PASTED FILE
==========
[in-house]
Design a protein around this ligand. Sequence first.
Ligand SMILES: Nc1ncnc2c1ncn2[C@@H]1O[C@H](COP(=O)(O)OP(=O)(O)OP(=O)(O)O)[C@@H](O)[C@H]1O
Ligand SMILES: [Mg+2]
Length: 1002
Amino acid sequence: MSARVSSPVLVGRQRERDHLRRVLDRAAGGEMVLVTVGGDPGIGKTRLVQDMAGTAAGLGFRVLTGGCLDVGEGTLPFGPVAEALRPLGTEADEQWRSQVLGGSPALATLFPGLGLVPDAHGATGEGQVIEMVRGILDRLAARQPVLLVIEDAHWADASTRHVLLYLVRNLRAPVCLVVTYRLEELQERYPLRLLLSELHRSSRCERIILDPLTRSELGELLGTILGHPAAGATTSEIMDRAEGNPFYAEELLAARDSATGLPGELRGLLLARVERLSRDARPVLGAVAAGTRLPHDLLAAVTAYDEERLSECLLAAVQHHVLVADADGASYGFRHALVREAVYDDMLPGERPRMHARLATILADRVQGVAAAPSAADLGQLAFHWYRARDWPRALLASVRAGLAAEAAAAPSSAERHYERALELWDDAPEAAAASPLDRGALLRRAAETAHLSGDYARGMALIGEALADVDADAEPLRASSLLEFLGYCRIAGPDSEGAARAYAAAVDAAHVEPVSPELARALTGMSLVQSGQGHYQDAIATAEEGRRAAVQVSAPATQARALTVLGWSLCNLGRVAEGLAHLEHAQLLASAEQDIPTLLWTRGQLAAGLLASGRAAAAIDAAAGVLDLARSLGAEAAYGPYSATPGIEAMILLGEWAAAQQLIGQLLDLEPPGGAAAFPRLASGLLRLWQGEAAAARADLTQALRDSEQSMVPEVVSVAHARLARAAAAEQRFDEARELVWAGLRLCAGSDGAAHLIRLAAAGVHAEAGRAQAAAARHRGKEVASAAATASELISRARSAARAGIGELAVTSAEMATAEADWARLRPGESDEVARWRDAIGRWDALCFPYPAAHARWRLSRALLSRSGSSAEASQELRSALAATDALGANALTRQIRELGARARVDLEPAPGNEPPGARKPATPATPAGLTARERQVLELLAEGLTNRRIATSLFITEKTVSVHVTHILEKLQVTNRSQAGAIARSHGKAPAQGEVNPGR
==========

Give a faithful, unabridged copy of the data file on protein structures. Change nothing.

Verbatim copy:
[in-house]
Design a protein around this ligand. Sequence first.
Ligand SMILES: Nc1ncnc2c1ncn2[C@@H]1O[C@H](COP(=O)(O)OP(=O)(O)OP(=O)(O)O)[C@@H](O)[C@H]1O
Ligand SMILES: [Mg+2]
Length: 1002
Amino acid sequence: MSARVSSPVLVGRQRERDHLRRVLDRAAGGEMVLVTVGGDPGIGKTRLVQDMAGTAAGLGFRVLTGGCLDVGEGTLPFGPVAEALRPLGTEADEQWRSQVLGGSPALATLFPGLGLVPDAHGATGEGQVIEMVRGILDRLAARQPVLLVIEDAHWADASTRHVLLYLVRNLRAPVCLVVTYRLEELQERYPLRLLLSELHRSSRCERIILDPLTRSELGELLGTILGHPAAGATTSEIMDRAEGNPFYAEELLAARDSATGLPGELRGLLLARVERLSRDARPVLGAVAAGTRLPHDLLAAVTAYDEERLSECLLAAVQHHVLVADADGASYGFRHALVREAVYDDMLPGERPRMHARLATILADRVQGVAAAPSAADLGQLAFHWYRARDWPRALLASVRAGLAAEAAAAPSSAERHYERALELWDDAPEAAAASPLDRGALLRRAAETAHLSGDYARGMALIGEALADVDADAEPLRASSLLEFLGYCRIAGPDSEGAARAYAAAVDAAHVEPVSPELARALTGMSLVQSGQGHYQDAIATAEEGRRAAVQVSAPATQARALTVLGWSLCNLGRVAEGLAHLEHAQLLASAEQDIPTLLWTRGQLAAGLLASGRAAAAIDAAAGVLDLARSLGAEAAYGPYSATPGIEAMILLGEWAAAQQLIGQLLDLEPPGGAAAFPRLASGLLRLWQGEAAAARADLTQALRDSEQSMVPEVVSVAHARLARAAAAEQRFDEARELVWAGLRLCAGSDGAAHLIRLAAAGVHAEAGRAQAAAARHRGKEVASAAATASELISRARSAARAGIGELAVTSAEMATAEADWARLRPGESDEVARWRDAIGRWDALCFPYPAAHARWRLSRALLSRSGSSAEASQELRSALAATDALGANALTRQIRELGARARVDLEPAPGNEPPGARKPATPATPAGLTARERQVLELLAEGLTNRRIATSLFITEKTVSVHVTHILEKLQVTNRSQAGAIARSHGKAPAQGEVNPGR